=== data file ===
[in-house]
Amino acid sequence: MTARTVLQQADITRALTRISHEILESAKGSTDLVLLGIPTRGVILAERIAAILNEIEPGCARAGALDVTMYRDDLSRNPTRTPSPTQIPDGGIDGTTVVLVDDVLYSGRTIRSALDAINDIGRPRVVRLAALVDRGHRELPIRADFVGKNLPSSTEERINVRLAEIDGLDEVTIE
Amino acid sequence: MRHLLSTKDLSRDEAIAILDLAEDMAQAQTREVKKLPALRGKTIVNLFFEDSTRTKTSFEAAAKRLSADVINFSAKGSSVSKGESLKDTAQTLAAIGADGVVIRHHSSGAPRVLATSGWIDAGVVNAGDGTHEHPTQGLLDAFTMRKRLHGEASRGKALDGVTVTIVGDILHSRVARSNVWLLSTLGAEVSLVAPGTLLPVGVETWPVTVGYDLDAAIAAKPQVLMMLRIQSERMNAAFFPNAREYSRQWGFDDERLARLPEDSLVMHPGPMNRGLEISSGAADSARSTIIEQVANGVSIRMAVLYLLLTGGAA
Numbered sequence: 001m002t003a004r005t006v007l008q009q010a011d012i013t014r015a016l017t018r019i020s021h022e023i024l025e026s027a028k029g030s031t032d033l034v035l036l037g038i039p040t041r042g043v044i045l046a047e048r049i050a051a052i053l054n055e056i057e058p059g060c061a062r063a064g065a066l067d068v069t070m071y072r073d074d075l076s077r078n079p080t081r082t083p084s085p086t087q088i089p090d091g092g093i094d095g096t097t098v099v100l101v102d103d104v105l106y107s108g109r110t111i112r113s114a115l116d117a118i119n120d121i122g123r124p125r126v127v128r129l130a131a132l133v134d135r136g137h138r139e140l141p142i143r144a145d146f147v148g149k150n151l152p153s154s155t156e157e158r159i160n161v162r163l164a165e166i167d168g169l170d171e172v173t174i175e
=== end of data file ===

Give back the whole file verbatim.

[in-house]
Amino acid sequence: MTARTVLQQADITRALTRISHEILESAKGSTDLVLLGIPTRGVILAERIAAILNEIEPGCARAGALDVTMYRDDLSRNPTRTPSPTQIPDGGIDGTTVVLVDDVLYSGRTIRSALDAINDIGRPRVVRLAALVDRGHRELPIRADFVGKNLPSSTEERINVRLAEIDGLDEVTIE
Amino acid sequence: MRHLLSTKDLSRDEAIAILDLAEDMAQAQTREVKKLPALRGKTIVNLFFEDSTRTKTSFEAAAKRLSADVINFSAKGSSVSKGESLKDTAQTLAAIGADGVVIRHHSSGAPRVLATSGWIDAGVVNAGDGTHEHPTQGLLDAFTMRKRLHGEASRGKALDGVTVTIVGDILHSRVARSNVWLLSTLGAEVSLVAPGTLLPVGVETWPVTVGYDLDAAIAAKPQVLMMLRIQSERMNAAFFPNAREYSRQWGFDDERLARLPEDSLVMHPGPMNRGLEISSGAADSARSTIIEQVANGVSIRMAVLYLLLTGGAA
Numbered sequence: 001m002t003a004r005t006v007l008q009q010a011d012i013t014r015a016l017t018r019i020s021h022e023i024l025e026s027a028k029g030s031t032d033l034v035l036l037g038i039p040t041r042g043v044i045l046a047e048r049i050a051a052i053l054n055e056i057e058p059g060c061a062r063a064g065a066l067d068v069t070m071y072r073d074d075l076s077r078n079p080t081r082t083p084s085p086t087q088i089p090d091g092g093i094d095g096t097t098v099v100l101v102d103d104v105l106y107s108g109r110t111i112r113s114a115l116d117a118i119n120d121i122g123r124p125r126v127v128r129l130a131a132l133v134d135r136g137h138r139e140l141p142i143r144a145d146f147v148g149k150n151l152p153s154s155t156e157e158r159i160n161v162r163l164a165e166i167d168g169l170d171e172v173t174i175e